5 Ways to Reduce Time Delays in a Demolition

5 Ways to Reduce Time Delays in a Demolition

Let's face it: Abatement and demolition projects are not the sorts of projects you want over-budget or behind schedule. This is why experience makes a world of difference. It's one thing to plan the steps in a demolition or abatement project—but another thing entirely to know what causes demolition delays, and how to prevent them.

For example, here are five things we offer with our full-service demolition offerings precisely to prevent demolition delays and problems:

We Use Our Own Equipment

When you use your own equipment for a demolition project, you are in control of their servicing and maintenance. Staying on top of the condition of equipment helps reduce issues with it breaking down, or simply being unavailable for a job.

Excavator tearing down office building

That said, it's always possible that a piece of equipment has to go down for maintenance on-site, even when well cared for. That downtime can cause all sorts of delays. For this very reason, we usually bring additional equipment on-site so that work can continue and down-time is minimized.

We Do a Thorough Initial Scoping

Here's an industry secret: A lot of demolition companies hate scoping out projects because it takes time to do correctly and general contractors or building owners don't want to pay to have it truly scoped. So what happens is, companies cut corners to get it done as quickly as possible and use the previous experience as estimations.

The problem there is that improper scoping can lead to change-orders, blown budgets, and timeline issues. This is especially the case with abatement or environmental considerations. Without a thorough assessment up-front, an abatement company ends up stumbling upon major challenges as they go, creating re-scope and costly start-and-stop workflow.

That is why we advise conducting a thorough scope for each project. We don't like surprises, and identifying issues up-front lets us get the job done quickly without having to constantly stop work.

We Take Safety Seriously

The federal government has a whole list of safety standards for construction demolition. And yet dozens of fatalities happen at demolition sites every year. Many of these come from non-compliance. They also stem from a culture of "doing just the minimum."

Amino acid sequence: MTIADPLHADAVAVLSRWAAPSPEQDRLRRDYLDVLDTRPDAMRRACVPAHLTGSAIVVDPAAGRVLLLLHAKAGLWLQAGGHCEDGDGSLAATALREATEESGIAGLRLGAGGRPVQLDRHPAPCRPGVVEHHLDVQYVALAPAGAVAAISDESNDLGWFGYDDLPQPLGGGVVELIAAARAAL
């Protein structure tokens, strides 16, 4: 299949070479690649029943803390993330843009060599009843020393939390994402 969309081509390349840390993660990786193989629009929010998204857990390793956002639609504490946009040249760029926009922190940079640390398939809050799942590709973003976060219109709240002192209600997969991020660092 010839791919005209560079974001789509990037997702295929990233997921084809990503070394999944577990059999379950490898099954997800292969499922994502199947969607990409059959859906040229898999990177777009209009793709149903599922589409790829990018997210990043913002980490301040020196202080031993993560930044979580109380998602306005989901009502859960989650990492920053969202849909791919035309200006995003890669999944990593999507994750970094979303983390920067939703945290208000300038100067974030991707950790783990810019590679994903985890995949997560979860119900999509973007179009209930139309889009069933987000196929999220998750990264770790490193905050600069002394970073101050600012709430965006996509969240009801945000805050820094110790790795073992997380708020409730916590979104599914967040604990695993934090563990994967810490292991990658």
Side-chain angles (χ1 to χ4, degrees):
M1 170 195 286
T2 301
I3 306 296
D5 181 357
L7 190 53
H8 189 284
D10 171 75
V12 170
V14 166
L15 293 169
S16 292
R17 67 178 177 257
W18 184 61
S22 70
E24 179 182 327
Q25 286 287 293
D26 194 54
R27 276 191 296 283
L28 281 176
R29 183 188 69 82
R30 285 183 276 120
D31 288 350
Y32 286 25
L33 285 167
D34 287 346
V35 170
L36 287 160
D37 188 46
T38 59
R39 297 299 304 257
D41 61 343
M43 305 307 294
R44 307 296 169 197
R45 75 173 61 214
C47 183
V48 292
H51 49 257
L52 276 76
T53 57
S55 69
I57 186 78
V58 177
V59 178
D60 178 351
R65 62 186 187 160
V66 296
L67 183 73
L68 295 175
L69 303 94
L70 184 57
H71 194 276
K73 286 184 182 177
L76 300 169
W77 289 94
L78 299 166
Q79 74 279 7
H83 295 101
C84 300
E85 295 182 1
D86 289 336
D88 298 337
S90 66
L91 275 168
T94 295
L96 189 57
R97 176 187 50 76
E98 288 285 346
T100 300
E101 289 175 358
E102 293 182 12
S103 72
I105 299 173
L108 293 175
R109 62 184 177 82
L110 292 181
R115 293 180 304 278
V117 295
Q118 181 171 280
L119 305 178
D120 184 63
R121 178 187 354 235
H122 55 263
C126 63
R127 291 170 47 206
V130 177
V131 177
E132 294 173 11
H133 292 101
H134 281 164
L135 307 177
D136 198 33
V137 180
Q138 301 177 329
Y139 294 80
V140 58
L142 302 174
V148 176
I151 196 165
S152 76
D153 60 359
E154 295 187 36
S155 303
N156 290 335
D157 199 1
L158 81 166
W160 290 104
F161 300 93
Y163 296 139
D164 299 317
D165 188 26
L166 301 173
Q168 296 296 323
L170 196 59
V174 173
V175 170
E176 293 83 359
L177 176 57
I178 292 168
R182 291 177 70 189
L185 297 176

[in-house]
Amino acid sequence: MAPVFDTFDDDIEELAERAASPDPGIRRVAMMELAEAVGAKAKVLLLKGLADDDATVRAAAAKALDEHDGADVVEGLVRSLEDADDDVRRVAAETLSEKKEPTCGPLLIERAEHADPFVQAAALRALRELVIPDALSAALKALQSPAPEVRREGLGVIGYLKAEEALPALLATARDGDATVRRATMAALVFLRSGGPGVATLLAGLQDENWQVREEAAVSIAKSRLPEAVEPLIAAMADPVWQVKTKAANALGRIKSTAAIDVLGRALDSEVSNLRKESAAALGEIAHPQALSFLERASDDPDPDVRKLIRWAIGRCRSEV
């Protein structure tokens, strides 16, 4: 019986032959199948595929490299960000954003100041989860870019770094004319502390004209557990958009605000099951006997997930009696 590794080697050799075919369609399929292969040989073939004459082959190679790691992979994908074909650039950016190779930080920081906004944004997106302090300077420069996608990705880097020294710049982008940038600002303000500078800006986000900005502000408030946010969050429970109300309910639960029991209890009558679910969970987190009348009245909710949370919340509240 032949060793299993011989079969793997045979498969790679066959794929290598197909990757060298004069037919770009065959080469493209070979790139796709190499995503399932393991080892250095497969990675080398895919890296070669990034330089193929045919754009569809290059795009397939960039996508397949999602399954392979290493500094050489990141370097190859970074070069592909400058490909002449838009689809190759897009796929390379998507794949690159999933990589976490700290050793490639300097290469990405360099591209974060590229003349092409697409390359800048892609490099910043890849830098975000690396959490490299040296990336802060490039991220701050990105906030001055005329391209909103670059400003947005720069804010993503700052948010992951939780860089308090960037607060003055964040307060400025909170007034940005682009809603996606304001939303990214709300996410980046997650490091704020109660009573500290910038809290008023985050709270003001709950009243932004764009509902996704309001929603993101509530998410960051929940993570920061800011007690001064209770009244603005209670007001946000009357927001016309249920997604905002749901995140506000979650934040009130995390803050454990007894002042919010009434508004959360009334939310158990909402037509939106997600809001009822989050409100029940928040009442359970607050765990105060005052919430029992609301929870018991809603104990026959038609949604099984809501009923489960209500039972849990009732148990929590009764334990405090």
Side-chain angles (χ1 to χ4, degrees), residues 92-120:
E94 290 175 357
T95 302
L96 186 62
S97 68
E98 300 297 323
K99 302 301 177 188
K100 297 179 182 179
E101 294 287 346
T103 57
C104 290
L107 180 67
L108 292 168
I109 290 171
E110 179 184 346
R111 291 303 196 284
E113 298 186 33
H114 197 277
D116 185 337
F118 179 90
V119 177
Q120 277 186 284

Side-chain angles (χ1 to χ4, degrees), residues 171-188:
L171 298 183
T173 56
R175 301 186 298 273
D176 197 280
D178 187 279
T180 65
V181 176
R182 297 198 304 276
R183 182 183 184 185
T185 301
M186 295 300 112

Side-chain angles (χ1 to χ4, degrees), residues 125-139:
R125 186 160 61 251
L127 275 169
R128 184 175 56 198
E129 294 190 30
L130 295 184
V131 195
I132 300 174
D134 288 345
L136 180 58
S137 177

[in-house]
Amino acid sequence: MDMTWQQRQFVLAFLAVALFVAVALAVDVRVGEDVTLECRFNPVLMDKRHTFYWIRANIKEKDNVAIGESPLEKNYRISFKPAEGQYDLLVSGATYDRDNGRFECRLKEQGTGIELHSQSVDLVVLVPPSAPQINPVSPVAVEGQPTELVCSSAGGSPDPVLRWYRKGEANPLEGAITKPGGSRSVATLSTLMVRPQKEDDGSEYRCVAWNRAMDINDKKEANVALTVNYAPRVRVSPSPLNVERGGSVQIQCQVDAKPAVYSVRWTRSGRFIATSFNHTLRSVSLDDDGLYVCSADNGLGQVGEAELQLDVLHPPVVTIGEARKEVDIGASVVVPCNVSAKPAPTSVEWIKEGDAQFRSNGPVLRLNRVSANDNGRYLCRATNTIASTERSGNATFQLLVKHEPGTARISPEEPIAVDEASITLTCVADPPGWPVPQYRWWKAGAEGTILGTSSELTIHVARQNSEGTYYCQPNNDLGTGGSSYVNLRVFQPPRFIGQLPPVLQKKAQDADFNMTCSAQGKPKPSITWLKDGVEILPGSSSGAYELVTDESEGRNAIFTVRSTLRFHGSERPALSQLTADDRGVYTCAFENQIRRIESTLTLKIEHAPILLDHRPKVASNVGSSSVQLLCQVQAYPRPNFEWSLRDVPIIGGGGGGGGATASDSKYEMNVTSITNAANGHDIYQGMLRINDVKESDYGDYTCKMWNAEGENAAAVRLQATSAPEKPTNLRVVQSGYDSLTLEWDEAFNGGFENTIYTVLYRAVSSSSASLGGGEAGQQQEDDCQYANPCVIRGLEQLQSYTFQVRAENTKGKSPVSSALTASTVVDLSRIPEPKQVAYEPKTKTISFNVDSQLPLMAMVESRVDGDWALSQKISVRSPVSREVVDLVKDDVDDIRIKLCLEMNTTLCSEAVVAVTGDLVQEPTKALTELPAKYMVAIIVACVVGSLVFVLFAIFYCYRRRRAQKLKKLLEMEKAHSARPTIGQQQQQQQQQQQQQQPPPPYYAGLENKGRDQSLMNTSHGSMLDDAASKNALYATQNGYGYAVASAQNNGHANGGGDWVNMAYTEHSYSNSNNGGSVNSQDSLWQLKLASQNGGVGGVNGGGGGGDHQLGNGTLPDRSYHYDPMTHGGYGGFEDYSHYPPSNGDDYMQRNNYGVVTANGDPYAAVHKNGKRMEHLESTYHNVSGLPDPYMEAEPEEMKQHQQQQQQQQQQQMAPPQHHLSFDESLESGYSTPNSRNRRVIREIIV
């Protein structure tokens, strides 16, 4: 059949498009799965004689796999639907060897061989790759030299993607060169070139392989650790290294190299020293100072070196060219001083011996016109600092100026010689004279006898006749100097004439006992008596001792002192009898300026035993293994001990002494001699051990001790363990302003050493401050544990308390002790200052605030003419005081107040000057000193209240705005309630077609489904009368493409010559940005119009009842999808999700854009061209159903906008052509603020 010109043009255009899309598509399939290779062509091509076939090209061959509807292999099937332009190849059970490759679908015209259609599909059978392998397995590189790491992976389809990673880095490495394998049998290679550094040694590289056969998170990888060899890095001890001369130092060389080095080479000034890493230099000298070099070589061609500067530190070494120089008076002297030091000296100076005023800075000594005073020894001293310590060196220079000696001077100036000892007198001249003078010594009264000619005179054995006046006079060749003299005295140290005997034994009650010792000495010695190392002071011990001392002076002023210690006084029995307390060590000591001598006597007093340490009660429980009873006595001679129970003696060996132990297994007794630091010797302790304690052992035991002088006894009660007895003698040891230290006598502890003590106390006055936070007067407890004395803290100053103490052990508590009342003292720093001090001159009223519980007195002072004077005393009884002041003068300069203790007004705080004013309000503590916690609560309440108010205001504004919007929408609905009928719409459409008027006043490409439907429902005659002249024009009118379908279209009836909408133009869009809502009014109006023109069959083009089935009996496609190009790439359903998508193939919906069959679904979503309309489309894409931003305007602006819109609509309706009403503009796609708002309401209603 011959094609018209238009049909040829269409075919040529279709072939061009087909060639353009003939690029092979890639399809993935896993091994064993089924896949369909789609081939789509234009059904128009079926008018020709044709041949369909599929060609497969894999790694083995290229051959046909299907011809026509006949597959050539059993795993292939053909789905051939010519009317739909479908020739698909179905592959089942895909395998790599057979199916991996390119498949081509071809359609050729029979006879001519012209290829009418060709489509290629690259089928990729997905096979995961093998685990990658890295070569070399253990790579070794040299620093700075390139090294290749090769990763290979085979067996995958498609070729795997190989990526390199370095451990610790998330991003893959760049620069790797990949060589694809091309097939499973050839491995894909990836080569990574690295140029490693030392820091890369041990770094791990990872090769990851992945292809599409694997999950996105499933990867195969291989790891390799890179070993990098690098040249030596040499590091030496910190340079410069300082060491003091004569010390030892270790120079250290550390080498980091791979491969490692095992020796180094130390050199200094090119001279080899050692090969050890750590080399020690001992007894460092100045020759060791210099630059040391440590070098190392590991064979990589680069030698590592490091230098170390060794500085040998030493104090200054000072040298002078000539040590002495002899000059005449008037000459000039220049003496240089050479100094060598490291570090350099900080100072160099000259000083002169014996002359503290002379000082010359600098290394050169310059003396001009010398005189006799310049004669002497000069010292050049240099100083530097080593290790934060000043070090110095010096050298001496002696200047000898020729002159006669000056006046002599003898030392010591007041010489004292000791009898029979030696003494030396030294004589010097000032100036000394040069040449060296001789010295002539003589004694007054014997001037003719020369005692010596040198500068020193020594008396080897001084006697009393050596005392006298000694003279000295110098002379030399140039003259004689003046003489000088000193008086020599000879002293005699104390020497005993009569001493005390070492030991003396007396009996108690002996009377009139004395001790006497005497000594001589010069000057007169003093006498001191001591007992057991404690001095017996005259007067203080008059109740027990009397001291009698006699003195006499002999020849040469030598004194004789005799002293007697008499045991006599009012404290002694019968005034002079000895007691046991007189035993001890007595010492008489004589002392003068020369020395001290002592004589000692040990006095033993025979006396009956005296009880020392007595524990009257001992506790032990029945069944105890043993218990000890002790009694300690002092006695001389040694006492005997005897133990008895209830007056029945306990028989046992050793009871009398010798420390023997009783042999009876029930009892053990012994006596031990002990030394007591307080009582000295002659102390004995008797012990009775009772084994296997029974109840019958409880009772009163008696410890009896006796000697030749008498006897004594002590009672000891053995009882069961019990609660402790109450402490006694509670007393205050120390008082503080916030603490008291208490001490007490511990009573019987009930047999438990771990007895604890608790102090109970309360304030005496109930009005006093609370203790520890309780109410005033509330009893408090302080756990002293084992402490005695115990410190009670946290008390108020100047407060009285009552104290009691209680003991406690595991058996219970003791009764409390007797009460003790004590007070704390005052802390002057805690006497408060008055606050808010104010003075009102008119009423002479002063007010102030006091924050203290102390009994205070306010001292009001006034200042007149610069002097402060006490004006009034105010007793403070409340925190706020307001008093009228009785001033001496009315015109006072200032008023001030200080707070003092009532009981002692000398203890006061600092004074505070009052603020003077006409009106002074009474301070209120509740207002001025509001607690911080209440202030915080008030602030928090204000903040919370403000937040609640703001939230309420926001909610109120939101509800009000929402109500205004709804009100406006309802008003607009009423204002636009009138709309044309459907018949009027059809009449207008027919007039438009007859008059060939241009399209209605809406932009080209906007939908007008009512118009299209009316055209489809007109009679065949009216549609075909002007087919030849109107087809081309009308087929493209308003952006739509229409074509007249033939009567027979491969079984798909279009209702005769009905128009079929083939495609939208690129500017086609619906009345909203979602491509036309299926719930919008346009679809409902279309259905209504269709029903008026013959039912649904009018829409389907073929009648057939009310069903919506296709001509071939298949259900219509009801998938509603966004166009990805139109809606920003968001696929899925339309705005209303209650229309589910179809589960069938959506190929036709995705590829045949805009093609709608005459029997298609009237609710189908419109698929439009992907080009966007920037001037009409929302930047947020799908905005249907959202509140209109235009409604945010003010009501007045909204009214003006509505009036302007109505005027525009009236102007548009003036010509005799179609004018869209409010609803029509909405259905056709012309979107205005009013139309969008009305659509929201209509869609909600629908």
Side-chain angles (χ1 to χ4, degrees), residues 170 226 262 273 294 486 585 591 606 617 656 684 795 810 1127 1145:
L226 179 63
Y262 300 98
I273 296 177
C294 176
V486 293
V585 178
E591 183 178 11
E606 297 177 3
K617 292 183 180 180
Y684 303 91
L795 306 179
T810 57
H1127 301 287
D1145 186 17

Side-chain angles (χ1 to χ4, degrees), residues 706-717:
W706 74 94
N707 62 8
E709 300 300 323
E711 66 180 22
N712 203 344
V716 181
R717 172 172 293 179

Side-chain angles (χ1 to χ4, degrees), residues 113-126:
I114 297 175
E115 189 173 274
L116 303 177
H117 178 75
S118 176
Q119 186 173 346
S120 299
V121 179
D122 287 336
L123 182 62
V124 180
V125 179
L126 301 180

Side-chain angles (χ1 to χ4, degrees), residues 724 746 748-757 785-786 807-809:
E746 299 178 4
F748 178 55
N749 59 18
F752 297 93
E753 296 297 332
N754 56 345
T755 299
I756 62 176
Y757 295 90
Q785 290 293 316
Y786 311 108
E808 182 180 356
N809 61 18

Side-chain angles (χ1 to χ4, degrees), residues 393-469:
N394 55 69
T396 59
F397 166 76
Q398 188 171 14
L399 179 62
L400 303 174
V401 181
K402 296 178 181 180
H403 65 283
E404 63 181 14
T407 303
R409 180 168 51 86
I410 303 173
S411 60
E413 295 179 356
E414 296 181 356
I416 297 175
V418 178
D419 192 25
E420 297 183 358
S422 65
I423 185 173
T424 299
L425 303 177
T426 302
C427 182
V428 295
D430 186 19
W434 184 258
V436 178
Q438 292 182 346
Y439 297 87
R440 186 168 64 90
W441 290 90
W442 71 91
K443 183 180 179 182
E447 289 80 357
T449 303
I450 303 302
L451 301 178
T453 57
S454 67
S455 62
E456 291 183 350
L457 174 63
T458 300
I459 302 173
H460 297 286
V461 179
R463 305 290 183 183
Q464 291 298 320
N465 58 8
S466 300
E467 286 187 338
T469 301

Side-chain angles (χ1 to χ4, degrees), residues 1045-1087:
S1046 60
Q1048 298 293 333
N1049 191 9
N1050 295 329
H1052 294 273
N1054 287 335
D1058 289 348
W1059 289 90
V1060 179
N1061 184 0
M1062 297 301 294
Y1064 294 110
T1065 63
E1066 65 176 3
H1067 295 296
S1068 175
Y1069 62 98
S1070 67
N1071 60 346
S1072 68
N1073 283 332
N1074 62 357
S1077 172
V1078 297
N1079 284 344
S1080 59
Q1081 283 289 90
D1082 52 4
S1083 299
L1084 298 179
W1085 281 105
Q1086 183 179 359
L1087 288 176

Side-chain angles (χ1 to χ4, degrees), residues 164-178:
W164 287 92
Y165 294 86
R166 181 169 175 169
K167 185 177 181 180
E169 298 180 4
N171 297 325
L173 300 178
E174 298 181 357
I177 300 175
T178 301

Tool box talk

Safety protocols are not just a matter of checking off a box for safety compliance on an OSHA checklist. Remember, safety compliance outlines the
absolute minimum that a company must do, according to the government. Companies that take safety seriously do more than the minimum!

Here at Green Circle Demolition, we've created a set of "turnkey" safety protocols. These are common safety protocols that the entire crew must follow, every time they are on a project. By having these protocols in place and making sure our crews follow them, we prevent accidents on-site, and that means less potential downtime. We also train our crews on those protocols and the proper use of safety equipment frequently.

We Schedule Work With a Dedicated Crew...

The norm in our industry is to have crews that are split between projects, with people coming in and out of a project site based on scheduling. While that might sound more efficient, it means that new people have to be "brought up to speed" on the project constantly.

Over the years we've learned that, if you want to minimize this "re-learning" and get the most efficiency out of a crew, you have to have a dedicated crew working on a project from the beginning. This way, everyone is familiar with the job right from the beginning, and no one needs to be brought up to speed at the start of their workday. Crew time is spent doing the work and solving problems, not having meetings to get everyone on the same page.

...But We Still Maintain Project Visibility

While we don't believe in having unnecessary updates to bring new people up to speed, we absolutely believe in sharing our progress regularly and documenting what we do. When there are members on the crew responsible for documenting the project and sharing updates, it guarantees that there is always someone with their eye on the timeline, making sure things stay on track. Sometimes a little accountability is all that is needed to stop those easily preventable demolition delays.

We've also found that frequent and detailed updates help to head off issues, too. Even with the most thorough scoping, there can be problems that develop along the way. Or, sometimes a client will just have an issue that they need to voice. With frequent updates, there are multiple stopping-points where we can have an open discussion about progress and barriers to it.

When that kind of visibility is not present at a project, it leads to "garden pathing"—work that is done incorrectly early on and not caught immediately, which in turn leads to backtracking the work and making costly adjustments.

The Takeaway: Don't Take Shortcuts

Just about every time we hear about a delay on a demolition project by another company, we come to find out it was because of a shortcut. These shortcuts—renting equipment cheaply, rushing the initial scoping, doing the absolute minimum for safety, shifting personnel between projects—might seem at first like they save time and effort. But they almost always cause problems further on down the line.

We have specifically crafted our turnkey protocols and procedures to minimize delays and downtime so that demolition projects get done on-time and within budget. More importantly, we believe in taking ownership of each and every project, to make sure it gets done right. If that kind of service sounds like what you need, contact us to find out more.